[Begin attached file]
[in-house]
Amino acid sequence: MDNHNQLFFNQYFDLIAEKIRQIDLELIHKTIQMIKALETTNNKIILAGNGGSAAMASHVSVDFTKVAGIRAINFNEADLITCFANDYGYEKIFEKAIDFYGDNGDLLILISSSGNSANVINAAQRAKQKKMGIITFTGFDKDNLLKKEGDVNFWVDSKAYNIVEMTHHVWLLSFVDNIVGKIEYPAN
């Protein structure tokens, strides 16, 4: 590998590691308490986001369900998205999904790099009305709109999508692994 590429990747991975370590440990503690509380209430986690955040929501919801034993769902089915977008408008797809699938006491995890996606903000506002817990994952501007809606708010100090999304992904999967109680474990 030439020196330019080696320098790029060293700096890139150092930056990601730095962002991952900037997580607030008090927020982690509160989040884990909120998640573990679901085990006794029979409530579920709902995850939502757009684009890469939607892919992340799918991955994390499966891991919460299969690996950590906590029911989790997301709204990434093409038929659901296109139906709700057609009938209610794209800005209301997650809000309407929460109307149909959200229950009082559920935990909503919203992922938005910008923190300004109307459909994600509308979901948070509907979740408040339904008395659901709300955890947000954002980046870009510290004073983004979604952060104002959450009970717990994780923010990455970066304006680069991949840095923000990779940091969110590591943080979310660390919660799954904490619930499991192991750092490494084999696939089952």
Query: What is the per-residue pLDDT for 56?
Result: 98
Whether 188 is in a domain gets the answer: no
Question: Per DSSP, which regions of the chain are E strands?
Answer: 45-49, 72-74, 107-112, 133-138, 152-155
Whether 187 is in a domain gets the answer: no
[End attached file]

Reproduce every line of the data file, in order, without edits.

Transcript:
[in-house]
Amino acid sequence: MDNHNQLFFNQYFDLIAEKIRQIDLELIHKTIQMIKALETTNNKIILAGNGGSAAMASHVSVDFTKVAGIRAINFNEADLITCFANDYGYEKIFEKAIDFYGDNGDLLILISSSGNSANVINAAQRAKQKKMGIITFTGFDKDNLLKKEGDVNFWVDSKAYNIVEMTHHVWLLSFVDNIVGKIEYPAN
């Protein structure tokens, strides 16, 4: 590998590691308490986001369900998205999904790099009305709109999508692994 590429990747991975370590440990503690509380209430986690955040929501919801034993769902089915977008408008797809699938006491995890996606903000506002817990994952501007809606708010100090999304992904999967109680474990 030439020196330019080696320098790029060293700096890139150092930056990601730095962002991952900037997580607030008090927020982690509160989040884990909120998640573990679901085990006794029979409530579920709902995850939502757009684009890469939607892919992340799918991955994390499966891991919460299969690996950590906590029911989790997301709204990434093409038929659901296109139906709700057609009938209610794209800005209301997650809000309407929460109307149909959200229950009082559920935990909503919203992922938005910008923190300004109307459909994600509308979901948070509907979740408040339904008395659901709300955890947000954002980046870009510290004073983004979604952060104002959450009970717990994780923010990455970066304006680069991949840095923000990779940091969110590591943080979310660390919660799954904490619930499991192991750092490494084999696939089952």
Query: What is the per-residue pLDDT for 56?
Result: 98
Whether 188 is in a domain gets the answer: no
Question: Per DSSP, which regions of the chain are E strands?
Answer: 45-49, 72-74, 107-112, 133-138, 152-155
Whether 187 is in a domain gets the answer: no